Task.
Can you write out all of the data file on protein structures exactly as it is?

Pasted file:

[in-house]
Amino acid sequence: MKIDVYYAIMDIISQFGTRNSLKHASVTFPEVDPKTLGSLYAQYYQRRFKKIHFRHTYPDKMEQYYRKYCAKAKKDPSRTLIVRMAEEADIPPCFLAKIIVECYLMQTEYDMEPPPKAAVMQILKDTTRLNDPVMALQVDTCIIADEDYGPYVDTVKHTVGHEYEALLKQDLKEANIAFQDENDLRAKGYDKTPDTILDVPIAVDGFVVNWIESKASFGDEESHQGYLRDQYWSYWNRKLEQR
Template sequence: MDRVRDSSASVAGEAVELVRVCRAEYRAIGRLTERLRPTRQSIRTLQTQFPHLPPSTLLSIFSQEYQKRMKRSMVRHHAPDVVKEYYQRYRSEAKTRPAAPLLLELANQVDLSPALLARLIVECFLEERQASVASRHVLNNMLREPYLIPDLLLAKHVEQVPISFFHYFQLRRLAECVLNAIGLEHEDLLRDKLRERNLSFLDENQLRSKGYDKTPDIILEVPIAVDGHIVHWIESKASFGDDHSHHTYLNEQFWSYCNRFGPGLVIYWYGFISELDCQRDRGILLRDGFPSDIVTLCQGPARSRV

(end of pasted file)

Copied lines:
[in-house]
Amino acid sequence: MKIDVYYAIMDIISQFGTRNSLKHASVTFPEVDPKTLGSLYAQYYQRRFKKIHFRHTYPDKMEQYYRKYCAKAKKDPSRTLIVRMAEEADIPPCFLAKIIVECYLMQTEYDMEPPPKAAVMQILKDTTRLNDPVMALQVDTCIIADEDYGPYVDTVKHTVGHEYEALLKQDLKEANIAFQDENDLRAKGYDKTPDTILDVPIAVDGFVVNWIESKASFGDEESHQGYLRDQYWSYWNRKLEQR
Template sequence: MDRVRDSSASVAGEAVELVRVCRAEYRAIGRLTERLRPTRQSIRTLQTQFPHLPPSTLLSIFSQEYQKRMKRSMVRHHAPDVVKEYYQRYRSEAKTRPAAPLLLELANQVDLSPALLARLIVECFLEERQASVASRHVLNNMLREPYLIPDLLLAKHVEQVPISFFHYFQLRRLAECVLNAIGLEHEDLLRDKLRERNLSFLDENQLRSKGYDKTPDIILEVPIAVDGHIVHWIESKASFGDDHSHHTYLNEQFWSYCNRFGPGLVIYWYGFISELDCQRDRGILLRDGFPSDIVTLCQGPARSRV